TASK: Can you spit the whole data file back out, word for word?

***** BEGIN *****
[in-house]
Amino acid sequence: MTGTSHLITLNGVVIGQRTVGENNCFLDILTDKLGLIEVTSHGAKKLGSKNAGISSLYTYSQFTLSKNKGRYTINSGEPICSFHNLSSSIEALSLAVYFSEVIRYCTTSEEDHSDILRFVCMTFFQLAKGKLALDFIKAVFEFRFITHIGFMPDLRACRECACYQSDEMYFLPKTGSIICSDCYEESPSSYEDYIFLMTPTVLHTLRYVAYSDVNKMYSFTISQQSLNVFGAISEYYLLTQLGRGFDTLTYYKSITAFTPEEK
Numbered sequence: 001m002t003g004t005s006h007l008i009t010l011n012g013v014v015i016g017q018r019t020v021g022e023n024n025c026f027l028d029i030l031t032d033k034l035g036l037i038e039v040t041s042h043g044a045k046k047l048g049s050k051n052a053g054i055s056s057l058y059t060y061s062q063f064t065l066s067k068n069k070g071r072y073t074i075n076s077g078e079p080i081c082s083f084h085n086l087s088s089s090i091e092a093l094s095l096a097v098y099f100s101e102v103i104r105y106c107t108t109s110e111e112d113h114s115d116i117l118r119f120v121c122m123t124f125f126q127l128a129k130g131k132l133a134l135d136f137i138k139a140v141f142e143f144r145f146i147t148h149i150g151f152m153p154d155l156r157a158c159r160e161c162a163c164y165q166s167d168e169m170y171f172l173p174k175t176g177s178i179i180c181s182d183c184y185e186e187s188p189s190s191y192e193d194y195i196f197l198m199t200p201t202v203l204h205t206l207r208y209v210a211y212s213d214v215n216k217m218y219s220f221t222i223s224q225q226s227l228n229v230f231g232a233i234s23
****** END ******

[in-house]
Amino acid sequence: MTGTSHLITLNGVVIGQRTVGENNCFLDILTDKLGLIEVTSHGAKKLGSKNAGISSLYTYSQFTLSKNKGRYTINSGEPICSFHNLSSSIEALSLAVYFSEVIRYCTTSEEDHSDILRFVCMTFFQLAKGKLALDFIKAVFEFRFITHIGFMPDLRACRECACYQSDEMYFLPKTGSIICSDCYEESPSSYEDYIFLMTPTVLHTLRYVAYSDVNKMYSFTISQQSLNVFGAISEYYLLTQLGRGFDTLTYYKSITAFTPEEK
Numbered sequence: 001m002t003g004t005s006h007l008i009t010l011n012g013v014v015i016g017q018r019t020v021g022e023n024n025c026f027l028d029i030l031t032d033k034l035g036l037i038e039v040t041s042h043g044a045k046k047l048g049s050k051n052a053g054i055s056s057l058y059t060y061s062q063f064t065l066s067k068n069k070g071r072y073t074i075n076s077g078e079p080i081c082s083f084h085n086l087s088s089s090i091e092a093l094s095l096a097v098y099f100s101e102v103i104r105y106c107t108t109s110e111e112d113h114s115d116i117l118r119f120v121c122m123t124f125f126q127l128a129k130g131k132l133a134l135d136f137i138k139a140v141f142e143f144r145f146i147t148h149i150g151f152m153p154d155l156r157a158c159r160e161c162a163c164y165q166s167d168e169m170y171f172l173p174k175t176g177s178i179i180c181s182d183c184y185e186e187s188p189s190s191y192e193d194y195i196f197l198m199t200p201t202v203l204h205t206l207r208y209v210a211y212s213d214v215n216k217m218y219s220f221t222i223s224q225q226s227l228n229v230f231g232a233i234s23